The introduction next month of private sector certification of building projects is being hailed as a big opportunity for the industry. However there is concern about whether the building industry and local councils are fully prepared for the change, despite the start date twice being postponed.
There is also concern that some local councils, which currently perform the building certification role, may not be supportive of the new system.
The changes, which follow last year’s passage of the Building Act, take effect from April 2. They will bring WA into line with other states, and come more than 15 years after private certification was first proposed.
Code Group director Gary Cox said the changes were designed to promote building compliance from an early stage in the design process, and aimed to reduce potential bottlenecks when completed drawings were lodged with local councils.
Code Group is among several private firms positioning themselves to work with developers, architects and project managers, to help achieve compliant building plans.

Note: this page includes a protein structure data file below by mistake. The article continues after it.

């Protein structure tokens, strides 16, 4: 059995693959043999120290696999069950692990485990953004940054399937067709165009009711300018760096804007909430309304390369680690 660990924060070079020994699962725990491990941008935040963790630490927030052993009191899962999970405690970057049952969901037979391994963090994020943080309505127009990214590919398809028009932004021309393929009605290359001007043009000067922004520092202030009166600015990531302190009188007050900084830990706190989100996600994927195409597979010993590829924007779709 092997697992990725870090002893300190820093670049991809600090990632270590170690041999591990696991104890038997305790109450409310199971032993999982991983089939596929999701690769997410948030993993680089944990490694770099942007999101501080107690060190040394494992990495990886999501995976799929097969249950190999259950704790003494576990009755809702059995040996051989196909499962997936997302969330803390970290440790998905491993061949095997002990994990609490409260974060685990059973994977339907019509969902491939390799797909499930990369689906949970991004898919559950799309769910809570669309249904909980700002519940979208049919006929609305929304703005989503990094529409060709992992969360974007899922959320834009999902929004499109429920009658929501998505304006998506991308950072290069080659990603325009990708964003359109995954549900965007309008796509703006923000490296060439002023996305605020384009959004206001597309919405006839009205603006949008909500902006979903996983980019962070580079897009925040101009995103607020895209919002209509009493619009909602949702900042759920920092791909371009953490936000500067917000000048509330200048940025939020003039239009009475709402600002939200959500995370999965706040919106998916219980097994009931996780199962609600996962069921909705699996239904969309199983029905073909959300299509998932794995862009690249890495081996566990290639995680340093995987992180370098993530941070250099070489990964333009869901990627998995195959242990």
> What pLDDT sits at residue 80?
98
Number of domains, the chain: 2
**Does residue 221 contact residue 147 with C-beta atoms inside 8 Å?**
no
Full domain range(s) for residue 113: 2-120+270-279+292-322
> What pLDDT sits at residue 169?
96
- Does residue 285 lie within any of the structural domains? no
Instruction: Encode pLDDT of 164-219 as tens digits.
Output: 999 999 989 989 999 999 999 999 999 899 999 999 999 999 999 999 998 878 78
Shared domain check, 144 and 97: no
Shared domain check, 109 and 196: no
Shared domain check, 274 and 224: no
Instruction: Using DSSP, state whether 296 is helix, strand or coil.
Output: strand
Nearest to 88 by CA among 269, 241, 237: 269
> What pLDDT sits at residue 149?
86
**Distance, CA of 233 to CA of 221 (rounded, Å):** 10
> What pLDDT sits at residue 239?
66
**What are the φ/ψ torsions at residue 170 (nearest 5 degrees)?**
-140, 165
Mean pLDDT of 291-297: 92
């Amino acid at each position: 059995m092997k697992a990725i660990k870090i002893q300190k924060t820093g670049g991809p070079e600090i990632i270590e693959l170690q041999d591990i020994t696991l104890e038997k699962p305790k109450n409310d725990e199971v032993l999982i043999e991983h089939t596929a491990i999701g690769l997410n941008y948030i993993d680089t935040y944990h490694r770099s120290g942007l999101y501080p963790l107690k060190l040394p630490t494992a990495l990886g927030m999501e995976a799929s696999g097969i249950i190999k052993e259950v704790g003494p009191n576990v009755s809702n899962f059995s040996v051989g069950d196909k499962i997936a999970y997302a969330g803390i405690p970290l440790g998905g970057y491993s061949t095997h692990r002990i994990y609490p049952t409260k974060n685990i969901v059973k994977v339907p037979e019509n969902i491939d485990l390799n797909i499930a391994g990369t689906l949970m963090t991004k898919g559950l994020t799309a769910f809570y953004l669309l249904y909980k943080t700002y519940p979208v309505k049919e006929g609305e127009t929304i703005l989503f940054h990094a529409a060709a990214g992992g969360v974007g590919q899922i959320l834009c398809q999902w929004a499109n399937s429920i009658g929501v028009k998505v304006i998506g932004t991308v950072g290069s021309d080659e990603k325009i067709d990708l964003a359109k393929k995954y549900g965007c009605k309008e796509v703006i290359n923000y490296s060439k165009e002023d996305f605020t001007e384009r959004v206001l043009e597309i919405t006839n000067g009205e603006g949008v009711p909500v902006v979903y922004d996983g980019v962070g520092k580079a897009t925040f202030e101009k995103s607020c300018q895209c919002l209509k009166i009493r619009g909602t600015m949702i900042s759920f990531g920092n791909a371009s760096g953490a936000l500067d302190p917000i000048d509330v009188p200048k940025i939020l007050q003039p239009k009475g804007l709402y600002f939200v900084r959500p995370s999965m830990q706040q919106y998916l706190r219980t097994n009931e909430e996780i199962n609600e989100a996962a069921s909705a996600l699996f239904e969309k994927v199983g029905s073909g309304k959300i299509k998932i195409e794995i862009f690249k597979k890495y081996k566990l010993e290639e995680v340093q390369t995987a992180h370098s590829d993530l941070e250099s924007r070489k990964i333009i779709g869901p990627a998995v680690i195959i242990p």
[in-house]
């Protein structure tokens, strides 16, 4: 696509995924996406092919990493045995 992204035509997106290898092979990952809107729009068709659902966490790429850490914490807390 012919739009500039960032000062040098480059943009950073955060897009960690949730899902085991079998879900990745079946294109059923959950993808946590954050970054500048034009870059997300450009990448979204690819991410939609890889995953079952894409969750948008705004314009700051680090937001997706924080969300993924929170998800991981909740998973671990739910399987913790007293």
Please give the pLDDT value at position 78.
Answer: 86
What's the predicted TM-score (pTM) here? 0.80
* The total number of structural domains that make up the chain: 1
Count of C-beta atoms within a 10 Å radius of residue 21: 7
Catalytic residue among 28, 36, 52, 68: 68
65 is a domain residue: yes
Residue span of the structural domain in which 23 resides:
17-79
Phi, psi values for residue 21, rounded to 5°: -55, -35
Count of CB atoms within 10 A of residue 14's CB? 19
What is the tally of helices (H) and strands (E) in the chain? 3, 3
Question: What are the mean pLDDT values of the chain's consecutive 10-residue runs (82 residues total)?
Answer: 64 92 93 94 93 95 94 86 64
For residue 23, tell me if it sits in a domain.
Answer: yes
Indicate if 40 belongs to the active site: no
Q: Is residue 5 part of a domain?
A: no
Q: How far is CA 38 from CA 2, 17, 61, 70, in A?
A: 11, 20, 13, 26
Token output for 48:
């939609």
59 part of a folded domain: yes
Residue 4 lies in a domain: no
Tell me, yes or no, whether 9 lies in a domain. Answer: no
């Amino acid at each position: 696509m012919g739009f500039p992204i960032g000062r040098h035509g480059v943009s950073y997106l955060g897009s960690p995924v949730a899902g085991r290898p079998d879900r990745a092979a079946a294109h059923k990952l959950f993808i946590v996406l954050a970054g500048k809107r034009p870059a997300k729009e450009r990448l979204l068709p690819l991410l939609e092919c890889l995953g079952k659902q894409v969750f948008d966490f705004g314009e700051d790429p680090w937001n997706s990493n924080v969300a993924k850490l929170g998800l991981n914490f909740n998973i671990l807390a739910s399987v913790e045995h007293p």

Mr Cox said he anticipated numerous benefits for industry, including better service, more certainty, and a systematic methodology throughout WA.
“We know the processes and we’re getting that information out to our clients,” Mr Cox said.
Master Builders Association WA director Michael McLean is also supportive, saying the new system has “potential to be very beneficial to our industry”. He expects many industry players are still not ready for the changes, however.
“We think there will probably be a slow move to private certification,” Mr McLean said.
Mr McLean remains concerned that some local councils will frustrate the intent of the new legislation.
“A test will be the willingness of local government to allow private building surveyors to do the job the legislation empowers them to do,” he said.
WALGA president Troy Pickard said local government was fully supportive of the changes.
“There has been a great deal of frustration, however, at the lack of timeliness in information coming out of the Building Commission and the late release of the final regulations and forms required for the introduction of the reforms may lead to some delays,” Mr Pickard said.
Mr Cox, who worked in local government before establishing his own consultancy six years ago, believes private building surveyors can ease the process.
“It comes down to rapport with councils, and your preparedness to work with them,” he said.